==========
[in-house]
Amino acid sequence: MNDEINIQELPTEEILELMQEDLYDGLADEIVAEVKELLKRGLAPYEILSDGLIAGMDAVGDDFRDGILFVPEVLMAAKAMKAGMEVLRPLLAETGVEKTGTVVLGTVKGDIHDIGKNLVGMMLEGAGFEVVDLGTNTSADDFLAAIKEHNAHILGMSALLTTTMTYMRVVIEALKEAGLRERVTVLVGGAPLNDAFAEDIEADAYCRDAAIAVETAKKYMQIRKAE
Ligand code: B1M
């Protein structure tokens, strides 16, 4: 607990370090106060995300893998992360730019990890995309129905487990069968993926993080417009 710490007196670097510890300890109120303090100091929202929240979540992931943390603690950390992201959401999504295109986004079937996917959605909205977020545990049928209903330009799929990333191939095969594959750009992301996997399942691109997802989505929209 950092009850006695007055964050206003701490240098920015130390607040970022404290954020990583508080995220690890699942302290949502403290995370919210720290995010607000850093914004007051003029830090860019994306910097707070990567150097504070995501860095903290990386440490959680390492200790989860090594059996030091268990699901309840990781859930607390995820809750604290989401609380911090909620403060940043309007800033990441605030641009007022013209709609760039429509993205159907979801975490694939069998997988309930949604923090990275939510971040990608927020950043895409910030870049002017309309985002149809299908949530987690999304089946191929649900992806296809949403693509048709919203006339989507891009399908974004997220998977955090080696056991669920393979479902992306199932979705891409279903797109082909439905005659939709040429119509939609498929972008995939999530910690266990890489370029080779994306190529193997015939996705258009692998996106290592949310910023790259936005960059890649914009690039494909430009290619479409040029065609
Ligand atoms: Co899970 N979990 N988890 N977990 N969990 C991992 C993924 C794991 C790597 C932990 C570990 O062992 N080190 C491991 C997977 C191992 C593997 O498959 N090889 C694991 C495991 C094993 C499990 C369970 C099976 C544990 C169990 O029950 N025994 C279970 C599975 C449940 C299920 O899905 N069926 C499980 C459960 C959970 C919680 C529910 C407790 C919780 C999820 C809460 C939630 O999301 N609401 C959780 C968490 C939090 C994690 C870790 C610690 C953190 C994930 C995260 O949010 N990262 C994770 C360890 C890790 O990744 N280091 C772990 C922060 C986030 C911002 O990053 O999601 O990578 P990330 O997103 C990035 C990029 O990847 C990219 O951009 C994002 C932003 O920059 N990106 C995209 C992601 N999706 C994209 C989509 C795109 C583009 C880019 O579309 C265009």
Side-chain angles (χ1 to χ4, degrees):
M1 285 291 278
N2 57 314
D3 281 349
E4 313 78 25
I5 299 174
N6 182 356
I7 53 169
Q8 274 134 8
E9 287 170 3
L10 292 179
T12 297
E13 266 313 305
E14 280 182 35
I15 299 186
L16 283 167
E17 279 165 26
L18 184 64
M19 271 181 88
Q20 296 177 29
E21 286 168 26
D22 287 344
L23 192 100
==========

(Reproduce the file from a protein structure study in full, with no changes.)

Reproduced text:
[in-house]
Amino acid sequence: MNDEINIQELPTEEILELMQEDLYDGLADEIVAEVKELLKRGLAPYEILSDGLIAGMDAVGDDFRDGILFVPEVLMAAKAMKAGMEVLRPLLAETGVEKTGTVVLGTVKGDIHDIGKNLVGMMLEGAGFEVVDLGTNTSADDFLAAIKEHNAHILGMSALLTTTMTYMRVVIEALKEAGLRERVTVLVGGAPLNDAFAEDIEADAYCRDAAIAVETAKKYMQIRKAE
Ligand code: B1M
């Protein structure tokens, strides 16, 4: 607990370090106060995300893998992360730019990890995309129905487990069968993926993080417009 710490007196670097510890300890109120303090100091929202929240979540992931943390603690950390992201959401999504295109986004079937996917959605909205977020545990049928209903330009799929990333191939095969594959750009992301996997399942691109997802989505929209 950092009850006695007055964050206003701490240098920015130390607040970022404290954020990583508080995220690890699942302290949502403290995370919210720290995010607000850093914004007051003029830090860019994306910097707070990567150097504070995501860095903290990386440490959680390492200790989860090594059996030091268990699901309840990781859930607390995820809750604290989401609380911090909620403060940043309007800033990441605030641009007022013209709609760039429509993205159907979801975490694939069998997988309930949604923090990275939510971040990608927020950043895409910030870049002017309309985002149809299908949530987690999304089946191929649900992806296809949403693509048709919203006339989507891009399908974004997220998977955090080696056991669920393979479902992306199932979705891409279903797109082909439905005659939709040429119509939609498929972008995939999530910690266990890489370029080779994306190529193997015939996705258009692998996106290592949310910023790259936005960059890649914009690039494909430009290619479409040029065609
Ligand atoms: Co899970 N979990 N988890 N977990 N969990 C991992 C993924 C794991 C790597 C932990 C570990 O062992 N080190 C491991 C997977 C191992 C593997 O498959 N090889 C694991 C495991 C094993 C499990 C369970 C099976 C544990 C169990 O029950 N025994 C279970 C599975 C449940 C299920 O899905 N069926 C499980 C459960 C959970 C919680 C529910 C407790 C919780 C999820 C809460 C939630 O999301 N609401 C959780 C968490 C939090 C994690 C870790 C610690 C953190 C994930 C995260 O949010 N990262 C994770 C360890 C890790 O990744 N280091 C772990 C922060 C986030 C911002 O990053 O999601 O990578 P990330 O997103 C990035 C990029 O990847 C990219 O951009 C994002 C932003 O920059 N990106 C995209 C992601 N999706 C994209 C989509 C795109 C583009 C880019 O579309 C265009």
Side-chain angles (χ1 to χ4, degrees):
M1 285 291 278
N2 57 314
D3 281 349
E4 313 78 25
I5 299 174
N6 182 356
I7 53 169
Q8 274 134 8
E9 287 170 3
L10 292 179
T12 297
E13 266 313 305
E14 280 182 35
I15 299 186
L16 283 167
E17 279 165 26
L18 184 64
M19 271 181 88
Q20 296 177 29
E21 286 168 26
D22 287 344
L23 192 100